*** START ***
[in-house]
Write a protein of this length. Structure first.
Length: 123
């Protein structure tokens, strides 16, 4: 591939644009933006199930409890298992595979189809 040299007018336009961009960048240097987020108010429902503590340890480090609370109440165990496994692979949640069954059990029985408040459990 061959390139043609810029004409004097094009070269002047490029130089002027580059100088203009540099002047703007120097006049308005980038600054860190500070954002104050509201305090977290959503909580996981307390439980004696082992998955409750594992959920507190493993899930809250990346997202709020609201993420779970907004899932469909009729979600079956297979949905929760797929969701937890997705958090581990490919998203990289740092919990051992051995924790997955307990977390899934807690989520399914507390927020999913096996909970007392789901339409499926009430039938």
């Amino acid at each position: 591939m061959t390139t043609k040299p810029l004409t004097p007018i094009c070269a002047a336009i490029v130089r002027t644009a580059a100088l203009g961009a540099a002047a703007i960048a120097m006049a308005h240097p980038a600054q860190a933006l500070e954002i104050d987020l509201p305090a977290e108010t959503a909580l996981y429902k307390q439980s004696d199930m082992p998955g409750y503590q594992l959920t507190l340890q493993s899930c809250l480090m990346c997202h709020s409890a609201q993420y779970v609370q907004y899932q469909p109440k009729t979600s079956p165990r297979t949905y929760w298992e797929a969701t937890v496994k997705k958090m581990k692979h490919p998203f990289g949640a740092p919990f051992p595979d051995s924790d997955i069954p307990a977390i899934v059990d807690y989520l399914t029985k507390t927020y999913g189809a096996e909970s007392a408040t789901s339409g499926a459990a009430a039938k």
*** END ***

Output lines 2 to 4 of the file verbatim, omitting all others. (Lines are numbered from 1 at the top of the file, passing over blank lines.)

Write a protein of this length. Structure first.
Length: 123
């Protein structure tokens, strides 16, 4: 591939644009933006199930409890298992595979189809 040299007018336009961009960048240097987020108010429902503590340890480090609370109440165990496994692979949640069954059990029985408040459990 061959390139043609810029004409004097094009070269002047490029130089002027580059100088203009540099002047703007120097006049308005980038600054860190500070954002104050509201305090977290959503909580996981307390439980004696082992998955409750594992959920507190493993899930809250990346997202709020609201993420779970907004899932469909009729979600079956297979949905929760797929969701937890997705958090581990490919998203990289740092919990051992051995924790997955307990977390899934807690989520399914507390927020999913096996909970007392789901339409499926009430039938």